OSHA Hazard Communication Standard (HAZCOM)

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What You Need to Know about the OSHA Hazard Communication Standard

What is the Hazard Communication Standard?
OSHA’s Hazard Communication Standard (HAZCOM) originated in 1983 as a direct result of 29CFR 1910.1200. A fundamental premise of HAZCOM is that employees who may be exposed to hazardous chemicals in the workplace have a right to know about the hazards and how to protect themselves. For this reason, OSHA HAZCOM is sometimes referred to as the Employee Right-to-Know Legislation, or more often just as the Right-to-Know law.

In very broad terms, the current HAZCOM consists of the employee’s right to know about the hazardous chemicals in the workplace. Broken down into a more basic view—HAZCOM consists of the communication of the hazards in the workplace via a written program, a training element, and readily accessible material safety data sheets (MSDS) for employees. Much has been written about the current state of HAZCOM because OSHA is currently under review of updating HAZCOM with guidelines from the Globally Harmonized System (GHS).

Who is affected by the regulation?
Chemical manufacturers, distributors, and organizations that utilize hazardous chemicals in the workplace are subject to the hazard communication standard. While manufacturers and distributors have a greater responsibility for determining and communicating core chemical hazards, employers with workers exposed to hazardous materials are subject to the regulations as well. However, employers that do not produce or import chemicals need only focus on those parts of the rule that deal with establishing a workplace program and communicating information to their workers.

What do you need to do?
Some may think that HAZCOM only covers hazard communication MSDS requirements; however, there are five main elements to consider. A brief primer of the core elements follows, but be sure to talk to a professional trained in chemical compliance for a complete review.

Material Safety Data Sheets (MSDS)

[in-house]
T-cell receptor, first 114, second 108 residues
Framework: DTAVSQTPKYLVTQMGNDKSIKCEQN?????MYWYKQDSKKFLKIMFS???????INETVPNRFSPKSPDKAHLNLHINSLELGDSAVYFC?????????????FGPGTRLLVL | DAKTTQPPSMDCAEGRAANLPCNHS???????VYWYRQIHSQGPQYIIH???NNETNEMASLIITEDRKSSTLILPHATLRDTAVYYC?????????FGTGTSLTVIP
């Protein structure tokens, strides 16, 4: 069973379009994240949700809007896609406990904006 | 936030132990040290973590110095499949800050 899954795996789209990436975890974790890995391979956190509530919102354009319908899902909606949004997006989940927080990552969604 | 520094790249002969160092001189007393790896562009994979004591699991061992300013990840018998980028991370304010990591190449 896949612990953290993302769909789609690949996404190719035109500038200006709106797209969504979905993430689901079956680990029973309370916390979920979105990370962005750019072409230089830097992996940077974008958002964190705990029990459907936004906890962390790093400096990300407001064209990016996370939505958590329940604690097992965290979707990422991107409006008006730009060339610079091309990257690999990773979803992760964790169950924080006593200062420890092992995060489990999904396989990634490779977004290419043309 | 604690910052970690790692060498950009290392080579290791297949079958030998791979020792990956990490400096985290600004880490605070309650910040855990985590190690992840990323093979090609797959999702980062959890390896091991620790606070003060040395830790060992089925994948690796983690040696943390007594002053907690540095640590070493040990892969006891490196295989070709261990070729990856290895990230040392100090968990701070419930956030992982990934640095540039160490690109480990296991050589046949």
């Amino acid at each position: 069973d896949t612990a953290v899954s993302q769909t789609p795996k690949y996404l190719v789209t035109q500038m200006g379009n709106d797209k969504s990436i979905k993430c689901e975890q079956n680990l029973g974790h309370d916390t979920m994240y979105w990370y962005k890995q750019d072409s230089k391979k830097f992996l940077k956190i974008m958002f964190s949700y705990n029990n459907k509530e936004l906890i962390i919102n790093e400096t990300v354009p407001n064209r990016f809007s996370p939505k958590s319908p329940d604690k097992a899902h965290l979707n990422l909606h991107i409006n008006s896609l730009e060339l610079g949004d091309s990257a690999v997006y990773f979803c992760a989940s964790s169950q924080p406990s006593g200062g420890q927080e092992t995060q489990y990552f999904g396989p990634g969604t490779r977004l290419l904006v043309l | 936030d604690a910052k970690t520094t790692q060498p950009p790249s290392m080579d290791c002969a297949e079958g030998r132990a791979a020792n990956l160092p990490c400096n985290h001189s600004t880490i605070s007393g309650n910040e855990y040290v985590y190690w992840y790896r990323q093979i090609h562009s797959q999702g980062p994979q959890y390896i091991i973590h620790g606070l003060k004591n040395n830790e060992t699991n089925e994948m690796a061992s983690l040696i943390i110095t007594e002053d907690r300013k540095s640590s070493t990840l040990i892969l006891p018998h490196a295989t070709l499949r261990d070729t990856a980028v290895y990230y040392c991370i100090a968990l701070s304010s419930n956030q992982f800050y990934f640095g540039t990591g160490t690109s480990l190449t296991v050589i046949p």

Some of the requirements for MSDS include, but are not limited to:
  • The chemical and common name(s) of all ingredients
  • Physical and chemical characteristics of the hazardous chemical (such as vapor pressure, flash point);
  • The physical hazards of the hazardous chemical, including the potential for fire, explosion, and reactivity;
  • The health hazards of the hazardous chemical
  • The date of preparation , or last change
  • The name, address and telephone number of the chemical manufacturer, importer, employer or other responsible party preparing or distributing the material safety data sheet, who can provide additional information on the hazardous chemical and appropriate emergency procedures, if necessary.
  • Any generally applicable precautions for safe handling and use
  • Any generally applicable control measures
  • Emergency and first aid procedures

Chemical Labeling
The chemical manufacturer, importer, or distributor shall ensure that each container of hazardous chemicals leaving the workplace is labeled, tagged or marked with the following information:
       1. Identity of the hazardous chemical(s);
       2. Appropriate hazard warnings; and
       3. Name and address of the chemical manufacturer, importer, or other responsible party.

Hazard Determination
Chemical manufacturers and importers shall evaluate chemicals produced in their workplaces or imported by them to determine if they are hazardous. Employers are not required to evaluate chemicals unless they choose not to rely on the evaluation performed by the chemical manufacturer or importer for the chemical to satisfy this requirement. Chemical manufacturers, importers or employers evaluating chemicals shall identify and consider the available scientific evidence concerning such hazards. For health hazards, evidence which is statistically significant and which is based on at least one positive study conducted in accordance with established scientific principles is considered to be sufficient to establish a hazardous effect if the results of the study meet the definitions of health hazards in this section.

Employee Training
Employee training shall include at least:
  • Methods and observations that may be used to detect the presence or release of a hazardous chemical in the work area (such as monitoring conducted by the employer, continuous monitoring devices, visual appearance or odor of
  • The physical and health hazards of the chemicals in the work area;
  • The measures employees can take to protect themselves from these hazards, including specific procedures the employer has implemented to protect employees from exposure to hazardous chemicals, such as appropriate work practices, emergency procedures, and personal protective equipment to be used; and,
  • The details of the hazard communication program developed by the employer, including an explanation of the labeling system and the material safety data sheet, and how employees can obtain and use the appropriate hazard information.

Written HAZCOM Program
Employers shall develop, implement, and maintain at each workplace, a written hazard communication program which at least describes how the criteria specified in paragraphs (f), (g), and (h) of this section for labels and other forms of warning, material safety data sheets, and employee information and training will be met.

Want more information on the following topics?

Chemical Inventory Management
MSDS Management
MSDS Authoring

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